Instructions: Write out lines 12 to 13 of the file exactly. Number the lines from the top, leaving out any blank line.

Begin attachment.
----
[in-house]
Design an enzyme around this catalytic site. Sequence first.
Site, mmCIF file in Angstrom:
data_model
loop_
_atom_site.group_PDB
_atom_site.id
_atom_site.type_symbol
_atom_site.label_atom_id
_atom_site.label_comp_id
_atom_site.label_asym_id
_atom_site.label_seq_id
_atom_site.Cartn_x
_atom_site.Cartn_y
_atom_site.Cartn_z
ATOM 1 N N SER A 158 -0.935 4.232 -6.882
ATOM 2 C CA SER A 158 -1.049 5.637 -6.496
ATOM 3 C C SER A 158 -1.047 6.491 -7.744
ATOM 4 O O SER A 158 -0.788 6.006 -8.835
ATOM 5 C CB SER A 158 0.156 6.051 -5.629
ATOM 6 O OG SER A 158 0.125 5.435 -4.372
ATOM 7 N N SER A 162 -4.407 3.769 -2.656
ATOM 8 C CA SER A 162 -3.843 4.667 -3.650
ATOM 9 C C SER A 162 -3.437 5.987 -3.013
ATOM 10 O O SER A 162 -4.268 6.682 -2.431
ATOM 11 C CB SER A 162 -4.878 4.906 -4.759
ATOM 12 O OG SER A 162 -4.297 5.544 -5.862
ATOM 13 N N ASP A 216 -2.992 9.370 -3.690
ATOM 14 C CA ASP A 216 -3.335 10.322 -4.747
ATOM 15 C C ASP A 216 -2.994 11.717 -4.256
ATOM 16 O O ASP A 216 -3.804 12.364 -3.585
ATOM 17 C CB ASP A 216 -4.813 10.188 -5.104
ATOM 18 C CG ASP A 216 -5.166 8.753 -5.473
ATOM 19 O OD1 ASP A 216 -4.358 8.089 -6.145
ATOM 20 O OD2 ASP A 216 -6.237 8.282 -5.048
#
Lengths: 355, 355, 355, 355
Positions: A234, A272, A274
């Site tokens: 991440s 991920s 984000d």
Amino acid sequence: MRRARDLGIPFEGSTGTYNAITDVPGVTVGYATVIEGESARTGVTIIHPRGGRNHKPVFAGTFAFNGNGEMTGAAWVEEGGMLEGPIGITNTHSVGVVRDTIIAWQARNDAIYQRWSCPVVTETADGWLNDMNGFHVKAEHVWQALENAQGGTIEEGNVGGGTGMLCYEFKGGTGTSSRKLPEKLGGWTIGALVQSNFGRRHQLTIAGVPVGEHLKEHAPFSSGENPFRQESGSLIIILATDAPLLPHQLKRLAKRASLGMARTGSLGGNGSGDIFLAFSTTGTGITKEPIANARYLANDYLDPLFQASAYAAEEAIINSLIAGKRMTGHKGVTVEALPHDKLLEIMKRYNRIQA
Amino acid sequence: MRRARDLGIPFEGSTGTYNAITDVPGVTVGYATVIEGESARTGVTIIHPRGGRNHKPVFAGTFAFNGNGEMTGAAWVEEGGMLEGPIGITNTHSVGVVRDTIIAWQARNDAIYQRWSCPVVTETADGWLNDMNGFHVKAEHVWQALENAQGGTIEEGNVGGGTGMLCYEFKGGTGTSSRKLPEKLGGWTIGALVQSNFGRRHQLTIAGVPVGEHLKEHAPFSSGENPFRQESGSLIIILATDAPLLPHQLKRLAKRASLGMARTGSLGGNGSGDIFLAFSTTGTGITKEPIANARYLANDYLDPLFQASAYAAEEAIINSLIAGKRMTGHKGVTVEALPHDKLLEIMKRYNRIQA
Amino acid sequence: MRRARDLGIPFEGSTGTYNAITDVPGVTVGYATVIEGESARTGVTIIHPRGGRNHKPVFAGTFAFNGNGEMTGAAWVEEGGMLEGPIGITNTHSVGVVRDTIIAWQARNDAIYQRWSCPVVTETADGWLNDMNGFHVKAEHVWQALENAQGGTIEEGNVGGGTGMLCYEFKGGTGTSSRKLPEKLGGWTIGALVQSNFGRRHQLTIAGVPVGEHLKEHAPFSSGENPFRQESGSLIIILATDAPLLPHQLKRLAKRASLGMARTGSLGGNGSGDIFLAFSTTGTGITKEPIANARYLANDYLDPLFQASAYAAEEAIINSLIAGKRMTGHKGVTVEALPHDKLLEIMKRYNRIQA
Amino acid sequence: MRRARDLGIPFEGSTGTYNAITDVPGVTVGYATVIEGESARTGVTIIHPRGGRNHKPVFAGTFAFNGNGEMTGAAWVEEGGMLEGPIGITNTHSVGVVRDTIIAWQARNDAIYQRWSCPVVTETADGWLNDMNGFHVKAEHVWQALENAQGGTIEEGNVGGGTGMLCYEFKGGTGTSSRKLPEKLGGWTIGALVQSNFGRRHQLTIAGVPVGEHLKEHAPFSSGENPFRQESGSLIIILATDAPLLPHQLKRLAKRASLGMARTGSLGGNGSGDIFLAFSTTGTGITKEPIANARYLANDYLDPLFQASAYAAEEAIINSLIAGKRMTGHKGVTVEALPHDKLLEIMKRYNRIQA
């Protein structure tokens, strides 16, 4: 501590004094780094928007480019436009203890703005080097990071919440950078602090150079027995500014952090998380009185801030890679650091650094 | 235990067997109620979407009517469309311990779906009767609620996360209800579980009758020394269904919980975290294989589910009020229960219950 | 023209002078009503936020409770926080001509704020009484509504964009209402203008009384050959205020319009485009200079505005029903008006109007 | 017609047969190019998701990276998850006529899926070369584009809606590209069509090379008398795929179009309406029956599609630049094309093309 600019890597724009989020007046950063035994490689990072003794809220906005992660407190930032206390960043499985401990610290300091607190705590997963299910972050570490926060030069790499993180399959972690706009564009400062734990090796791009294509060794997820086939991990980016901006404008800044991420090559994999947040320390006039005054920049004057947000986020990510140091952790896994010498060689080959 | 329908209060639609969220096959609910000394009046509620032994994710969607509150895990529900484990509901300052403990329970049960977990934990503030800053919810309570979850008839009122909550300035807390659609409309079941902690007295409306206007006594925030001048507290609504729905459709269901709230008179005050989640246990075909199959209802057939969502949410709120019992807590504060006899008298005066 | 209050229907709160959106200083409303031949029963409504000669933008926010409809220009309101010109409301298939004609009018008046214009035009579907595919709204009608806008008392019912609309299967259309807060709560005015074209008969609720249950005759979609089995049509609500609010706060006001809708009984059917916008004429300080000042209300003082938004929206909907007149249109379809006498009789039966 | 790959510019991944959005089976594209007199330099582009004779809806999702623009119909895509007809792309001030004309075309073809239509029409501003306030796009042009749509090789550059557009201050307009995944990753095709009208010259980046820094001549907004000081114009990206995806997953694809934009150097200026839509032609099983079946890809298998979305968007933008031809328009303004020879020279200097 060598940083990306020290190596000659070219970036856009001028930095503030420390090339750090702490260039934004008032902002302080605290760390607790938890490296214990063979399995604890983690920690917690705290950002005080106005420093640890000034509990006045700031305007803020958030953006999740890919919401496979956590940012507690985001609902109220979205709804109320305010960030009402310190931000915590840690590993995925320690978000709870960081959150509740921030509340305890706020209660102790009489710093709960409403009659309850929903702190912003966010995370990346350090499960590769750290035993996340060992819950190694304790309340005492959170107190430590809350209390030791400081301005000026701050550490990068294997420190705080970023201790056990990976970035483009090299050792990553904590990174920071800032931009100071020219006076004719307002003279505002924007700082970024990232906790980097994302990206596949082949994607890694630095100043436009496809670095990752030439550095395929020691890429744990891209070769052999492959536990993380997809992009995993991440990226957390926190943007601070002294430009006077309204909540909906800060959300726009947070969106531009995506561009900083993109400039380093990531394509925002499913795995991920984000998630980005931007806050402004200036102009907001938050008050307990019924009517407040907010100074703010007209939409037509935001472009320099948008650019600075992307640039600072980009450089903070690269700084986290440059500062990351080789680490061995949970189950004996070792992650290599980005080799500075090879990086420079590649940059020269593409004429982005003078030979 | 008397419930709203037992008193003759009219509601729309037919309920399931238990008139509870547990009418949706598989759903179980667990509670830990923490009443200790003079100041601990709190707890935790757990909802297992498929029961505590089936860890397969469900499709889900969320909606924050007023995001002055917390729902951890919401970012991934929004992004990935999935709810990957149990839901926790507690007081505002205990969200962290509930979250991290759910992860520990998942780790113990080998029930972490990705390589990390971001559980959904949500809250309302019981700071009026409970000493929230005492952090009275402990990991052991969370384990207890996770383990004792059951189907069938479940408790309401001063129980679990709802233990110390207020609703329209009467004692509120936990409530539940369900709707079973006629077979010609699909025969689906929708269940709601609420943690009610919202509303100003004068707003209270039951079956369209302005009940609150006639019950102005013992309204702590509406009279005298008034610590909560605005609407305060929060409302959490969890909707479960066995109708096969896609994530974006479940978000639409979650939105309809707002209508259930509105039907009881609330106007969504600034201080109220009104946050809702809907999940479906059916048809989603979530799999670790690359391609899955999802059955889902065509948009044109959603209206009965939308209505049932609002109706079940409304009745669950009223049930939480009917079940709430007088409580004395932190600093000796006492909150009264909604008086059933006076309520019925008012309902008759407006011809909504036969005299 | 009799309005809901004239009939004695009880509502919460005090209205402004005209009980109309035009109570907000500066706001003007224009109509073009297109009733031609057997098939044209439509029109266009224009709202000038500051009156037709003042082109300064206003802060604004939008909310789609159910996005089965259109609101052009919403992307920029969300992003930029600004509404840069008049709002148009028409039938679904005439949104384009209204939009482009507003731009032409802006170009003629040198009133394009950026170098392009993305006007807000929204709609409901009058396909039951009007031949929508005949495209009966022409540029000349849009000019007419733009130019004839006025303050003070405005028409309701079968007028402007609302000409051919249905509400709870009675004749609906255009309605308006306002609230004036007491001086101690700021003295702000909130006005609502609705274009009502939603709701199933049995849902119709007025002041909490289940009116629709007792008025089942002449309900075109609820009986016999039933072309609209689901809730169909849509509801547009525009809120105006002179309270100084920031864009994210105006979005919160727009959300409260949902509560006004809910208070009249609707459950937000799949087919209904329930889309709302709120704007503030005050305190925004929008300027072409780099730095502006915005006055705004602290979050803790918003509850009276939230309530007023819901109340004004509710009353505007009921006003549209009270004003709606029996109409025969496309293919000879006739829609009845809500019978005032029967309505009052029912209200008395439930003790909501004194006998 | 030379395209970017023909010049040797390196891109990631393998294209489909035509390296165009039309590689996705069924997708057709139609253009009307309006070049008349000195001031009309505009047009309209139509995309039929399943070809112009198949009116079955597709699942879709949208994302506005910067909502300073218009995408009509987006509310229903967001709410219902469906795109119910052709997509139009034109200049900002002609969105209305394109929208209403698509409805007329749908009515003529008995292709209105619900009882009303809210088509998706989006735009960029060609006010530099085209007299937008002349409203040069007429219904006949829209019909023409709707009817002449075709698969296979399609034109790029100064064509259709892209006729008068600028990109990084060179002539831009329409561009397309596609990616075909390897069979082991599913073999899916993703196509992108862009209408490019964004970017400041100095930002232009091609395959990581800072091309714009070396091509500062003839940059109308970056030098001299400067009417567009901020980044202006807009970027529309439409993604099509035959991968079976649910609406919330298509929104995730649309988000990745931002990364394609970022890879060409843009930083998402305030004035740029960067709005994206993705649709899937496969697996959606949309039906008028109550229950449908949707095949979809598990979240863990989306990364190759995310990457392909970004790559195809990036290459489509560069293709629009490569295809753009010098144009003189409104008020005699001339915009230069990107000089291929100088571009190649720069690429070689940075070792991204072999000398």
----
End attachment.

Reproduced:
_atom_site.label_seq_id
_atom_site.Cartn_x